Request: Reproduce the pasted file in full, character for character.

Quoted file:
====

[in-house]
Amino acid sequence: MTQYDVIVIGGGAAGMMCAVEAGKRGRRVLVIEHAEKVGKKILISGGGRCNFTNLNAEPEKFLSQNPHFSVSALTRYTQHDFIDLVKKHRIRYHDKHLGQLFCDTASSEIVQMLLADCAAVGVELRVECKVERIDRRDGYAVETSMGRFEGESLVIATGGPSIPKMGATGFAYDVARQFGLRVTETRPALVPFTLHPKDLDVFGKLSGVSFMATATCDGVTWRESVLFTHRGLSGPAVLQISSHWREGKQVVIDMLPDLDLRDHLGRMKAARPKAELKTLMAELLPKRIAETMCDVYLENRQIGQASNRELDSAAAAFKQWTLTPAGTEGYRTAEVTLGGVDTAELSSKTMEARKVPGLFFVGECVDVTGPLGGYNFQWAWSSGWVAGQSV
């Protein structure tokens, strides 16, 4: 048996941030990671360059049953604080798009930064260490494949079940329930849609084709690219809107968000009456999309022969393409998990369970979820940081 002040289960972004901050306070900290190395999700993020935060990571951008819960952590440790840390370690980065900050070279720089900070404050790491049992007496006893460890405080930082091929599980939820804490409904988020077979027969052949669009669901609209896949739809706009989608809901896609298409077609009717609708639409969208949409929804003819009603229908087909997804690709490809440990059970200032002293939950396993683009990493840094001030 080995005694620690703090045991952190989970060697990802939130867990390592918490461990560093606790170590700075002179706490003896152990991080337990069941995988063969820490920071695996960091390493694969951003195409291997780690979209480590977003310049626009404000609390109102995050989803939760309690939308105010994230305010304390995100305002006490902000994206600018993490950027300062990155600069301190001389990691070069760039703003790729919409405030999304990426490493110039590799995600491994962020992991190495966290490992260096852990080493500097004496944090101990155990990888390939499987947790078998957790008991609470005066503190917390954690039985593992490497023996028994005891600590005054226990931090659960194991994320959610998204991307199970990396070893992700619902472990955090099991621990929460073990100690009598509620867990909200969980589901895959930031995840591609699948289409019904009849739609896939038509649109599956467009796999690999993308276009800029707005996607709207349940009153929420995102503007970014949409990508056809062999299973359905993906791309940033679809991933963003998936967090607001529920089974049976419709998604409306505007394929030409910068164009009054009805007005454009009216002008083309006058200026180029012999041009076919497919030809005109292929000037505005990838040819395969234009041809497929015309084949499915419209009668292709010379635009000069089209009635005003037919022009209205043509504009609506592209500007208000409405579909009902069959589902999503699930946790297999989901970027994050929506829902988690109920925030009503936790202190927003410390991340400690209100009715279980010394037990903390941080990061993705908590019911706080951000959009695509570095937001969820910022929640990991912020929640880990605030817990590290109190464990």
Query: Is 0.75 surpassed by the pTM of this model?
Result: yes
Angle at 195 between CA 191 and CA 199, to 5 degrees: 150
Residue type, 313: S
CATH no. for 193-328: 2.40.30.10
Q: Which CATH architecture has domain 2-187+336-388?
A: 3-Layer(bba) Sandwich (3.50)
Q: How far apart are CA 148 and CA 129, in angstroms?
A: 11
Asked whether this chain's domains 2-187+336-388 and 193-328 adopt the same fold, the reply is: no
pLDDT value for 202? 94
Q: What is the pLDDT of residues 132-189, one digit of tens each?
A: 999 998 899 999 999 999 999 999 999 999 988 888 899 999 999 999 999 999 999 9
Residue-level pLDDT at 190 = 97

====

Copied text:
[in-house]
Amino acid sequence: MTQYDVIVIGGGAAGMMCAVEAGKRGRRVLVIEHAEKVGKKILISGGGRCNFTNLNAEPEKFLSQNPHFSVSALTRYTQHDFIDLVKKHRIRYHDKHLGQLFCDTASSEIVQMLLADCAAVGVELRVECKVERIDRRDGYAVETSMGRFEGESLVIATGGPSIPKMGATGFAYDVARQFGLRVTETRPALVPFTLHPKDLDVFGKLSGVSFMATATCDGVTWRESVLFTHRGLSGPAVLQISSHWREGKQVVIDMLPDLDLRDHLGRMKAARPKAELKTLMAELLPKRIAETMCDVYLENRQIGQASNRELDSAAAAFKQWTLTPAGTEGYRTAEVTLGGVDTAELSSKTMEARKVPGLFFVGECVDVTGPLGGYNFQWAWSSGWVAGQSV
């Protein structure tokens, strides 16, 4: 048996941030990671360059049953604080798009930064260490494949079940329930849609084709690219809107968000009456999309022969393409998990369970979820940081 002040289960972004901050306070900290190395999700993020935060990571951008819960952590440790840390370690980065900050070279720089900070404050790491049992007496006893460890405080930082091929599980939820804490409904988020077979027969052949669009669901609209896949739809706009989608809901896609298409077609009717609708639409969208949409929804003819009603229908087909997804690709490809440990059970200032002293939950396993683009990493840094001030 080995005694620690703090045991952190989970060697990802939130867990390592918490461990560093606790170590700075002179706490003896152990991080337990069941995988063969820490920071695996960091390493694969951003195409291997780690979209480590977003310049626009404000609390109102995050989803939760309690939308105010994230305010304390995100305002006490902000994206600018993490950027300062990155600069301190001389990691070069760039703003790729919409405030999304990426490493110039590799995600491994962020992991190495966290490992260096852990080493500097004496944090101990155990990888390939499987947790078998957790008991609470005066503190917390954690039985593992490497023996028994005891600590005054226990931090659960194991994320959610998204991307199970990396070893992700619902472990955090099991621990929460073990100690009598509620867990909200969980589901895959930031995840591609699948289409019904009849739609896939038509649109599956467009796999690999993308276009800029707005996607709207349940009153929420995102503007970014949409990508056809062999299973359905993906791309940033679809991933963003998936967090607001529920089974049976419709998604409306505007394929030409910068164009009054009805007005454009009216002008083309006058200026180029012999041009076919497919030809005109292929000037505005990838040819395969234009041809497929015309084949499915419209009668292709010379635009000069089209009635005003037919022009209205043509504009609506592209500007208000409405579909009902069959589902999503699930946790297999989901970027994050929506829902988690109920925030009503936790202190927003410390991340400690209100009715279980010394037990903390941080990061993705908590019911706080951000959009695509570095937001969820910022929640990991912020929640880990605030817990590290109190464990």
Query: Is 0.75 surpassed by the pTM of this model?
Result: yes
Angle at 195 between CA 191 and CA 199, to 5 degrees: 150
Residue type, 313: S
CATH no. for 193-328: 2.40.30.10
Q: Which CATH architecture has domain 2-187+336-388?
A: 3-Layer(bba) Sandwich (3.50)
Q: How far apart are CA 148 and CA 129, in angstroms?
A: 11
Asked whether this chain's domains 2-187+336-388 and 193-328 adopt the same fold, the reply is: no
pLDDT value for 202? 94
Q: What is the pLDDT of residues 132-189, one digit of tens each?
A: 999 998 899 999 999 999 999 999 999 999 988 888 899 999 999 999 999 999 999 9
Residue-level pLDDT at 190 = 97